Floodplains / Bottomlands / Wetlands:
Vital to Humans and Wildlife

Carol Roberts

Bottomlands by Carol Roberts
Cedar Creek during heavy spring rains (Carol Roberts)

Cedar Creek flows into the St. Joseph River, which is the source of Fort Wayne’s drinking water. The St. Joseph then flows into the Maumee River, which eventually flows through Toledo, Ohio, into Lake Erie, becoming part of the Great Lakes system.

From County Road 68 in Dekalb County to its confluence with the St. Joseph River below Cedarville in Allen County, Cedar Creek is designated under Indiana’s Natural, Scenic, and Recreational Rivers Act. This segment of Cedar Creek carves an 82-foot-deep canyon, created by rushing waters that cut through glacial deposits (moraine) and pirated water from the Wabash Basin in the west into the Maumee system in the east.

After only a day or night of snowmelt or heavy rain, Cedar Creek may rise rapidly, spill over its banks, fill surrounding bottomlands for several days, then withdraw into its banks again, leaving behind a rich layer of sand and silt. These regular floods create the magnificently forested meandering floodplains fringing each side of the creek’s channel.

Geologists say these floodplains/bottomlands/ephemeral wetlands are “a vital geomorphic feature”—an integral part of healthy rivers and creeks, as well as nature’s flood protection. The floodplains mitigate flood damage, replenish groundwater, filter pollutants, and provide habitat for an incredible diversity of plants and animals. They are also great places for people to learn about and enjoy nature.

Although Indiana has designated Cedar Creek an Outstanding State Resource Water (OSRW), it is impaired by pollutants and clouded by sediments (visible in the sometimes muddy/turbidity of Cedar Creek, pictured above) caused primarily by human activities such as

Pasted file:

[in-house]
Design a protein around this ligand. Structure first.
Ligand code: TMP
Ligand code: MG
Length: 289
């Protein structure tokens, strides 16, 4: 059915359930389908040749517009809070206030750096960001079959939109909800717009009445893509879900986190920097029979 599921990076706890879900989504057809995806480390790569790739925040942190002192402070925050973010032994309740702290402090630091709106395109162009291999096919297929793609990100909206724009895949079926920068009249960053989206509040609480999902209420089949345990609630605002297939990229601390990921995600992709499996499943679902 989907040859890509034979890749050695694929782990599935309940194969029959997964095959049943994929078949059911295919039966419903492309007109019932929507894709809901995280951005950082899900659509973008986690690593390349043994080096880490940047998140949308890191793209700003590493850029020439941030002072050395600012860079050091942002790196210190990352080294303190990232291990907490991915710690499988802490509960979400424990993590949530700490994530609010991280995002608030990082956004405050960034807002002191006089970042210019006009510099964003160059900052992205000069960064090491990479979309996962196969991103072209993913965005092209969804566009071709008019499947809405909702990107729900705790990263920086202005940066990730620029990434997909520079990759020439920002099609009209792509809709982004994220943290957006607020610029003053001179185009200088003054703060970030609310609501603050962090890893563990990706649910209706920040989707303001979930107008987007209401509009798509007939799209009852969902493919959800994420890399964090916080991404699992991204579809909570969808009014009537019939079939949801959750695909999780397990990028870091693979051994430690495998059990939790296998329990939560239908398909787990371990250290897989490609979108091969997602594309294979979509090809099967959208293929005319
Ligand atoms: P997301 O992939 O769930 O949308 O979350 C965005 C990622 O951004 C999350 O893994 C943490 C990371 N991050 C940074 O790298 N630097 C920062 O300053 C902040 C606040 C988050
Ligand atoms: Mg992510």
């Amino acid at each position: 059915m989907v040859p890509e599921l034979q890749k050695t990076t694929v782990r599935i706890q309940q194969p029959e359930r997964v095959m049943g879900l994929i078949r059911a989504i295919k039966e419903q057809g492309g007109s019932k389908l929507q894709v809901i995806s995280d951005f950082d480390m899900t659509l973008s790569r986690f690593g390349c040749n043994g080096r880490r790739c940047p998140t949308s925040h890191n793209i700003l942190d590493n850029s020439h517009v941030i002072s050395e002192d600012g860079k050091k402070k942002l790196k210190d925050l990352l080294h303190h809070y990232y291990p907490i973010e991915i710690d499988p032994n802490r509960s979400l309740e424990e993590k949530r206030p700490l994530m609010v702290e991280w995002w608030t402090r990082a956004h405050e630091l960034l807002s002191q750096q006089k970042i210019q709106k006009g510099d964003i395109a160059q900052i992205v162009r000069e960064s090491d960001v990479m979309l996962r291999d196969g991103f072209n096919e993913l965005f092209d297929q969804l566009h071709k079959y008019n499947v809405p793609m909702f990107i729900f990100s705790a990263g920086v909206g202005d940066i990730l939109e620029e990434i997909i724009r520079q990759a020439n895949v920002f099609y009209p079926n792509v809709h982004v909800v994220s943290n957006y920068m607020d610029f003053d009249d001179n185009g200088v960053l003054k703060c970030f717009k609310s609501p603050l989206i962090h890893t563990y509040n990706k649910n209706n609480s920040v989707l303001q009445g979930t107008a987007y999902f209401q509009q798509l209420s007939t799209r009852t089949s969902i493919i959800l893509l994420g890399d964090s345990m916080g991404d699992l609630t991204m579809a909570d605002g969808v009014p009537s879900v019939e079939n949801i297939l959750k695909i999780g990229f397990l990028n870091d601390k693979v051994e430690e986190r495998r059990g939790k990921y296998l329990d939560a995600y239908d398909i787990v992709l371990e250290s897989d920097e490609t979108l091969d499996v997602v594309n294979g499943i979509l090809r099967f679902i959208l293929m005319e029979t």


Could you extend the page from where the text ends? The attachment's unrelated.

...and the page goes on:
• chemicals applied to agricultural fields,
  • fertilizers and pesticides applied to lawns and gardens,
  • industrial waste,
  • construction activities that disturb soil.
These nonpoint source sediments and pollutants wash into roadside storm drains or ditches and then into Cedar Creek and its bottomlands.

Cedar Creek’s relative health is due to its many entrenched natural meanders, river oxbows, and numerous points of groundwater recharge. Flowing freely across the valley floor, the creek changes course in response to natural obstacles such as fallen trees and branches, creating riffles, glides, and shoals that aerate and clean its waters.

People benefit from healthy floodplains/bottomlands/wetlands. While rivers and streams can threaten the structures that humans build, the best way to keep communities safe from floods is to give rivers and streams room to spread out—to flood naturally. (Natural flood control is the primary function of Fort Wayne’s Headwaters Park.) Protecting, nurturing, and restoring floodplains such as Cedar Creek’s allows them to serve as gigantic sponges that soak up huge amounts of rainwater, then release it gradually. This absorption helps prevent flooding downstream--and downtown.